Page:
A quick calculation tells me that if Aurelie is not ahead, then she’s likely not left Shishikui at all. But it doesn’t matter. I’ve grown used to walking alone and enjoy the exchanges with locals as a daily dose of socialising and language practice.

Outside the gate, I finish the yomogi daifuku I bought yesterday under a shady bench. The heat keeps me perpetually on the verge of hunger, but unable to eat large amounts. With a lighter grocery bag, I set off for my final temple of the day, my enthusiasm fuelling a brisk pace. It’s 9:30 and my day is going to end before noon if I keep this up!

However, by the time I cross the Niyodo River to enter Tosa City, the heat has evaporated my energy. There’s no cover in this flatland. You could bake a pizza on the concrete road. The heat has gotten to the soles of my runners, which were coming off for the nth time.

For now, a quick superglue application fixes the problem, but I need to find a new pair soon. Please, just make it to Matsuyama (the next big city after 200+ km). Walking like this makes you talk to your belongings a lot.

I take refuge in a Lawson on the edge of town and have an early lunch before climbing up the hill to Kyotaki-ji. It’s a good opportunity to check up on my bus times to go back to Kochi using the Japanese app Yahoo!乗換案内.

After refuelling and ample procrastinating, I muster the will to venture back out into the heat. It never gets easier does it? On the one day I don’t have a backpack, there’s insane heat. Or rather, thankfully I don’t have a backpack in this weather.

I make my way for the complex nestled in the foothills just outside the settlements around the river basin. The houses and two-story buildings retreat as I cross the highway into the fields. Those give way to country houses as the road curves up.

Just as I head into the shade of the trees for the climb, I hear a motorbike and someone shouting. A guy with a scooter stops beside me and asks if I’m going up to Kiyotaki-ji.

Yes, I am.

‘It’s really hot!’ He seems breathless from the effort of speaking.

‘Ah, well I have no choice!’

He dangles a plastic bag at me. ‘You’ll need this!’

I finished an entire bottle in two gulps earlier and didn’t think to buy another in my overheated stupor. Whatever I drank has already gone straight out of my pores. 

He doesn’t leave, so I ask, ‘Are you going up to Kiyotaki-ji too?’

He fishes in his pocket and finally produces a 500 Yen coin. ‘I’m sorry, I don’t have food for you too! There aren’t many henro during this time of year so I wasn’t prepared.’ Despite my initial refusals, he hands me the coin and goes back down the slope. I feel the hard touch of ice through the plastic bag; it seems he came up just to deliver this.

Touched, I pocket the coin. I’ve begun to write down every o-settai I receive. It feels like an accumulating group effort. I want to remember every person’s contribution. Giving o-settai to a pilgrim is equal to giving to Kobo Daishi, who accompanies every pilgrim on the journey. Economically, the people of Shikoku don’t have much to give, but they give what they can. What they give is usually exactly what I need.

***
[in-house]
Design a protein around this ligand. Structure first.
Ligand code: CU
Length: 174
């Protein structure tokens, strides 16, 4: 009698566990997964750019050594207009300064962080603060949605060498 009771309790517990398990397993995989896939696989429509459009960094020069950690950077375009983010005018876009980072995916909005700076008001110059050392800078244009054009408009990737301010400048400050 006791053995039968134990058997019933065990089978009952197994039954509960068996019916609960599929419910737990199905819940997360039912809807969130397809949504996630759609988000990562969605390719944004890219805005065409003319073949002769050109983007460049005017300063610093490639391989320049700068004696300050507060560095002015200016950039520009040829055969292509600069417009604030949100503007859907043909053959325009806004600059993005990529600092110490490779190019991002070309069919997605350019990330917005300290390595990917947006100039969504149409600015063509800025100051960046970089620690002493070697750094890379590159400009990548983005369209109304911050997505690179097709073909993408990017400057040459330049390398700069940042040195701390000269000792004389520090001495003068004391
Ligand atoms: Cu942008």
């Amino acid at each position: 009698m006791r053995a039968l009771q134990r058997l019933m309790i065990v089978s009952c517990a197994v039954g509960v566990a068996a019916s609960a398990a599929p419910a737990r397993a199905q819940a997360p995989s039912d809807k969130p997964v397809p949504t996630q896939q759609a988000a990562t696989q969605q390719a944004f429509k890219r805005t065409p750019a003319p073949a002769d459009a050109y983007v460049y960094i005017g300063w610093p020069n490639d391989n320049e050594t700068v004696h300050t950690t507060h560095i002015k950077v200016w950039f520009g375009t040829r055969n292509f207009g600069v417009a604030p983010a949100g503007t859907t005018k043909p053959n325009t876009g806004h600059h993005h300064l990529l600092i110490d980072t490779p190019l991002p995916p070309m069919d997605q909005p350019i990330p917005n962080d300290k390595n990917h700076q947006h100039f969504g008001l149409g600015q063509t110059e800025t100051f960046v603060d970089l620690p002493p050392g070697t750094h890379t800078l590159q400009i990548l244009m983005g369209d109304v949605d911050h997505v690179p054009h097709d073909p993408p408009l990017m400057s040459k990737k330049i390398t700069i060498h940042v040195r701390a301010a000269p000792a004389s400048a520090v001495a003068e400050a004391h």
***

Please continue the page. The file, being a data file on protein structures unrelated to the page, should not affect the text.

By the time I reach the temple and open the Aquarius bottle, it’s half melted and the perfect temperature. The bottle is worth only a few minutes work on salary, but purchasing power can never buy this feeling of deep gratitude for every frigid gulp.

How little we value the food that we eat. How much do we pay for services instead?

If I were in the city, I’d be scandalised if a carrot jumped from 30 to 60 cents, or if this bottle were 180 instead of 120 Yen. Yet, I wouldn’t give a second thought to paying for delivery for convenience, a new app for my phone, or a plummer to unclog the drain. Now, with a life stripped down to walking, eating, and sleeping, I can feel the full effect of the things that go into my body to keep it going: water and food, especially the local, fresh, tasty, nutritious produce. I wish the world rewarded those who produced good, honest, produce better.

Rehydrated, I survey the courtyard of Kiyotaki-ji, which has noticeable quirks. There is a Western clock in the middle of the courtyard and the line-up of the Main Hall, Daishi Hall, and an additional hall side by side. There is also a huge statue of Yakushi Nyorai, the Medicine Buddha, in the courtyard. The entire assortment seems accidental, but works in its own funky way.

I perform the rituals for a friend who is working tenaciously to become a practicing lawyer in the United Kingdom. We met at a dinner right after he moved to London and before I moved out and instantly clicked over our nomadic lives and we’ve remained in touch across all our moves. I almost wish I’d taken my stuff to stay at this temples’ overnight tsuyado and watch tomorrow’s sunrise. But, I have a house tonight back in Kochi City, so I let go of the scene and walk past the serene temple garden to get the nokyocho. The lady who writes it for me is pleased as I list off the things I’m enjoying about this prefecture. Like the temple before, I ask her if she’s seen a French henro, and get a negative. Instead, she hands me caramel popcorn and a local CD collection to take away. I feel like I’ve overloaded on o-settai for the day.

With today’s temples finished, I head back into town to catch the bus back to Kochi City. I fall asleep and clumsily rush out when the driver calls me from the front. Once off, the trams going past, the covered arcade behind me, the department store, and steady stream of cars take me aback. It’s a small city, but has a vitality and variety that contrasts with the ghostly villages I’ve been passing all week. I take full advantage and pick up some coffee before hopping back on another bus home.

Once back, it feels like I’m starting the day again. Six hours before sleeping is plenty to chill, make dinner, take a bath, do laundry, and even read.

I go to sleep feeling like it’s the start of a new chapter tomorrow. Kochi City is behind me, and ahead lies the long road to the southern tip of Shikoku: Cape Ashizuri and Temple 38.